Thursday, June 25, 2009
theme thursday - summer
One of my favourite books is Cider with Rosie by Laurie Lee (published in the US with the title The Edge of Day) and it contains a most wonderful description of summer.
The day Rosie Burdock decided to take me in hand was a motionless day of summer, creamy, hazy and amber-coloured, with the beech trees standing in heavy sunlight as though clogged with wild honey. It was the time of haymaking, so when we came out of school, Jack and I went to the farm to help.
The whirr of the mower met us across the stubble, rabbits jumped like firecrackers about the fields, and the hay smelt crisp and sweet. The farmer's men were all hard at work, raking, turning and loading. Tall, whiskered fellows forked the grass, their chests like bramble patches. The air swung with their forks and the swathes took wing and rose like eagles to the tops of the wagons. The farmer gave us a short fork each and we both pitched in with the rest.
I stumbled on Rosie behind a haycock, and she grinned up at me with the sly, glittering eyes of her mother. She wore her tartan frock and cheap brass necklace, and her bare legs were brown with hay dust.
"Get out a there," I said. "Go on."
Rosie had grown and was hefty now and I was terrified of her. In her catlike eyes and curling mouth I saw unnatural wisdoms more threatening than anything I could imagine. The last time we'd met I'd hit her with a cabbage stump. She bore me no grudge, just grinned.
"I got summat to show ya," she said.
"You push off," I said.
I felt dry and dripping, icy hot. Her eyes glinted, and I stood rooted. Her face was wrapped in a pulsating haze and her body seemed to flicker with lightning.
"You thirsty?" she said.
"I ain't, so there."
"You be," she said. "C'mon."
So I stuck the fork into the ringing ground and followed her, like doom. We went a long way, to the bottom of the field, where a wagon stood half-loaded. Festoons of untrimmed grass hung down like curtains all around it. We crawled underneath, between the wheels, into a herb-scented cave of darkness. Rosie scratched about, turned over a sack, and revealed a stone jar of cider.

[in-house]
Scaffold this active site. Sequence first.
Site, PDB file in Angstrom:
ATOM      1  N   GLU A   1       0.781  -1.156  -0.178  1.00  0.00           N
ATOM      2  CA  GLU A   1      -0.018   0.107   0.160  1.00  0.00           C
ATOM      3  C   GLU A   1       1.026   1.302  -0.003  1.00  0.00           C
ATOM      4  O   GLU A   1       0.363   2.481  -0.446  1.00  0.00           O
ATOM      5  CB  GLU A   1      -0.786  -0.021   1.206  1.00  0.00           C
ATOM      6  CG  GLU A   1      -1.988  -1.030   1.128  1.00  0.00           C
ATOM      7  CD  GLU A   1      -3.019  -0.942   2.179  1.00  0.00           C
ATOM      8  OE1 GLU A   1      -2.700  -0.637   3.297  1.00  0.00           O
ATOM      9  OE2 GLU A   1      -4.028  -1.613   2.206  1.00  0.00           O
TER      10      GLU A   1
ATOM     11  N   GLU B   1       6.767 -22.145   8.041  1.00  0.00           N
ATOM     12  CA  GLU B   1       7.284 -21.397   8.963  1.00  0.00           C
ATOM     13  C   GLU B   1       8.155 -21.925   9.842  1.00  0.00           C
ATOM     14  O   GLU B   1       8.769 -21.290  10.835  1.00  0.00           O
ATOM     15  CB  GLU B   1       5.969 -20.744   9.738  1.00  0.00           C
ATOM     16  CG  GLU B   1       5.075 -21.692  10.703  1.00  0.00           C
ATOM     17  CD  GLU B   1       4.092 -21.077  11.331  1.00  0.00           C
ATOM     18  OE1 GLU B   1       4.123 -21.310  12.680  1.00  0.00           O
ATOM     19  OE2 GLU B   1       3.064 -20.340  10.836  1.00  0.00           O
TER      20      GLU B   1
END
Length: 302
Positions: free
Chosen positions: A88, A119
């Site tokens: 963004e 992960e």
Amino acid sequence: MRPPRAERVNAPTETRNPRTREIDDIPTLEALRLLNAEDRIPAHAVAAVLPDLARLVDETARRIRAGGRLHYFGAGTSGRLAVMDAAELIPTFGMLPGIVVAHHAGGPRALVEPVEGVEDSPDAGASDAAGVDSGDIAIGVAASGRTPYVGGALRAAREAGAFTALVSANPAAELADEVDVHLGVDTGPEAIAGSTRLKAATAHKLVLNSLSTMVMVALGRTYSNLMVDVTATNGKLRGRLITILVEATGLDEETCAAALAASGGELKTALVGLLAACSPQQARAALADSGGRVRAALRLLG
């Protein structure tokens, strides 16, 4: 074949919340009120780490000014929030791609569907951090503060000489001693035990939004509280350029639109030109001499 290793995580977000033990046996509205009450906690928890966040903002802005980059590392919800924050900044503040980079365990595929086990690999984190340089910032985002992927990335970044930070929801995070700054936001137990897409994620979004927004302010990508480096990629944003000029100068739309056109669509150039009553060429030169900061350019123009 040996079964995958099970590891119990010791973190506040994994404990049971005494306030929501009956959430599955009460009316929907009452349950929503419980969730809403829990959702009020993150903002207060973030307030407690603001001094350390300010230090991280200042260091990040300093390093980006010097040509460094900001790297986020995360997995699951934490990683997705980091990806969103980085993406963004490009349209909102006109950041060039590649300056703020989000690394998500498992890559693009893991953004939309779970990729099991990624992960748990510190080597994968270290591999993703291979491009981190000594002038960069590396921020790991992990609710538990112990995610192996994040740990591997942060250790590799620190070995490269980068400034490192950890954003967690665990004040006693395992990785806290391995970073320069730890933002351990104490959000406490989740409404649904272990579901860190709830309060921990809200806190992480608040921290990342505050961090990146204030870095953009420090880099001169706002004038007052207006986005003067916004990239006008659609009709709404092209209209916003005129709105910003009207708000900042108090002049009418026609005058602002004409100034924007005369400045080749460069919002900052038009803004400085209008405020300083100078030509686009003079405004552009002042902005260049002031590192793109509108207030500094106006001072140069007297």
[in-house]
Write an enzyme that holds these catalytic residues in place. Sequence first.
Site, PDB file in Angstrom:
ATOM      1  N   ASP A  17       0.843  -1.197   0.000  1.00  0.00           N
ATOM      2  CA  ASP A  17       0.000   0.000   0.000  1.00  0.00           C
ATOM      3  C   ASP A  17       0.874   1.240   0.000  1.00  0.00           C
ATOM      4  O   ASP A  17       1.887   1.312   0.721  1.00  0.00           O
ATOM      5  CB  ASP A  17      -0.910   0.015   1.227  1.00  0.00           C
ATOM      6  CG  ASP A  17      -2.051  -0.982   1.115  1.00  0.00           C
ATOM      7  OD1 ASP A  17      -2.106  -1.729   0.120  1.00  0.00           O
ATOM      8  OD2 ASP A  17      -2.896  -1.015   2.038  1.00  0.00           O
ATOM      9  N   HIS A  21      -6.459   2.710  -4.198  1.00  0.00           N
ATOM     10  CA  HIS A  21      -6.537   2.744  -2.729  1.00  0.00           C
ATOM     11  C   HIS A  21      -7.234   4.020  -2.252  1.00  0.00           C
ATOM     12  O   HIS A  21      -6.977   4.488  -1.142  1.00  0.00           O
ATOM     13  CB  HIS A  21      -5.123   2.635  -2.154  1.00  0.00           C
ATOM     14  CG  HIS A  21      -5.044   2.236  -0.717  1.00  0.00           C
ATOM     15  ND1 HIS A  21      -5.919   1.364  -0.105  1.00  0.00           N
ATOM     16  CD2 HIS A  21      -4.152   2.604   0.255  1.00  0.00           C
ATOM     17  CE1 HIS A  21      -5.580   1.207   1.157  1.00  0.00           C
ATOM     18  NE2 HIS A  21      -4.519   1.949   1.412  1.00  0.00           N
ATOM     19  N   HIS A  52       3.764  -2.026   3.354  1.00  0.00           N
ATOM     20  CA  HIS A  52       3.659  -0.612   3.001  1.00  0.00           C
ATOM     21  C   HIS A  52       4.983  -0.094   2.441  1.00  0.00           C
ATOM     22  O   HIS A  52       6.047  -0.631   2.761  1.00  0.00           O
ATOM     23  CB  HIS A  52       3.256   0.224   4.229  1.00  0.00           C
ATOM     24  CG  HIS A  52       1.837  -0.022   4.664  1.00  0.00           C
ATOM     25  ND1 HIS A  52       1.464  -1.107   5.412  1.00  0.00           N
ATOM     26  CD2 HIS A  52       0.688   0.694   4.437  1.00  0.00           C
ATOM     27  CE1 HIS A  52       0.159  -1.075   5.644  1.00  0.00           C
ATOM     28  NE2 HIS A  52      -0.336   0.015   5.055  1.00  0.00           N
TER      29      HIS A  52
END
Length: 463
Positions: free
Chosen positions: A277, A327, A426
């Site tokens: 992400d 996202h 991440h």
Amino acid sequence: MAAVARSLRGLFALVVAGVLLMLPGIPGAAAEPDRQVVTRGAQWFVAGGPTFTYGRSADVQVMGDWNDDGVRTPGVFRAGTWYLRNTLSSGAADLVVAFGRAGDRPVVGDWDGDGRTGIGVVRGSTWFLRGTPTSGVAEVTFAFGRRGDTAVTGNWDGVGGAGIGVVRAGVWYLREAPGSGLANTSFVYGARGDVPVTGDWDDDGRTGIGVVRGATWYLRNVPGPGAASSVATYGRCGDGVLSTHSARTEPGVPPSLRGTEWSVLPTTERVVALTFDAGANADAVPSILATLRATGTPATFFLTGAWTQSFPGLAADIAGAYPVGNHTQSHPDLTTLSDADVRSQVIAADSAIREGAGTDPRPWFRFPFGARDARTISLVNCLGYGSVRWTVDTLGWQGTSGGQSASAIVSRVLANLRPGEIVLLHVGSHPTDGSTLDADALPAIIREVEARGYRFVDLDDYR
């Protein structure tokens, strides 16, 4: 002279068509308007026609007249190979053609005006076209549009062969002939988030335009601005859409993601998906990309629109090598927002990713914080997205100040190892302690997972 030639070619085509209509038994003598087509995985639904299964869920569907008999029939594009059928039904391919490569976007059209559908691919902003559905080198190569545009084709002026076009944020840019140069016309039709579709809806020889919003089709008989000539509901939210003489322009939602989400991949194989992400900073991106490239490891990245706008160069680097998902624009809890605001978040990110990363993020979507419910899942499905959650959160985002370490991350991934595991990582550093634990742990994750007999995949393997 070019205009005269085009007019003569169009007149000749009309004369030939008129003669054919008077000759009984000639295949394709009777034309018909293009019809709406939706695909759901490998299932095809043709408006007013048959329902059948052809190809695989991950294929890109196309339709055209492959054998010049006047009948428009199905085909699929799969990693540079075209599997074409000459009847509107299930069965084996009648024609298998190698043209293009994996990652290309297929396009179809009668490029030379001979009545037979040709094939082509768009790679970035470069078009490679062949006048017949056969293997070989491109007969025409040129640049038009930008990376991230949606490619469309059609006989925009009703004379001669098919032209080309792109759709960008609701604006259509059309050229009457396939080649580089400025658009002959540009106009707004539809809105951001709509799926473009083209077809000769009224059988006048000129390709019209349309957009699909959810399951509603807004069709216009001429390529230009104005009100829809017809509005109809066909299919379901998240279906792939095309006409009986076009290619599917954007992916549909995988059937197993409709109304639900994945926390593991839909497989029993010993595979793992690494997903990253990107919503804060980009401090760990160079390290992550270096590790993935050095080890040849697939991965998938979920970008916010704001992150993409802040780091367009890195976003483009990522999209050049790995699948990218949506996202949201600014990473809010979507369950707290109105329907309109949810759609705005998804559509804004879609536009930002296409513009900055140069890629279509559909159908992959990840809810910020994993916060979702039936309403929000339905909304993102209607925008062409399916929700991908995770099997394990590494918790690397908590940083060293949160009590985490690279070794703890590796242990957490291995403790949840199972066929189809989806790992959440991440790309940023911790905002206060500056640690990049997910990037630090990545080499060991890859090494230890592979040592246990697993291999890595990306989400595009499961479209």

"It's cider," she said. "You ain't to drink it though. Not much of it, any rate."
Huge and squat, the jar lay on the grass like an unexploded bomb. We lifted it up, unscrewed the stopper, and smelt the whiff of fermented apples. I held the jar to my mouth and rolled my eyes sideways, like a beast at a waterhole. "Go on," said Rosie. I took a deep breath.
Never to be forgotten, that first long secret drink of golden fire, juice of those valleys and of that time, wine of wild orchards, of russet summer, of plump red apples and Rosie's burning cheeks. Never to be forgotten, or ever tasted again.
I put down the jar with a gulp and a gasp. Then I turned to look at Rosie. She was yellow and dusty with buttercups and seemed to be purring in the gloom; her hair was rich as a wild bee's nest and her eyes were full of stings. I did not know what to do about her, nor did I know what not to do. She looked smooth and precious, a thing of unplumbable mysteries, and perilous as quicksand.
"Rosie . . ." I said, on my knees, and shaking.
She crawled with a rustle of grass towards me quick and superbly assured. Her hand in mine was like a small wet flame which I could neither hold nor throw away. Then Rosie, with a remorseless, reedy strength, pulled me down from my tottering perch, pulled me down, down into her wide green smile and into the deep subaqueous grass.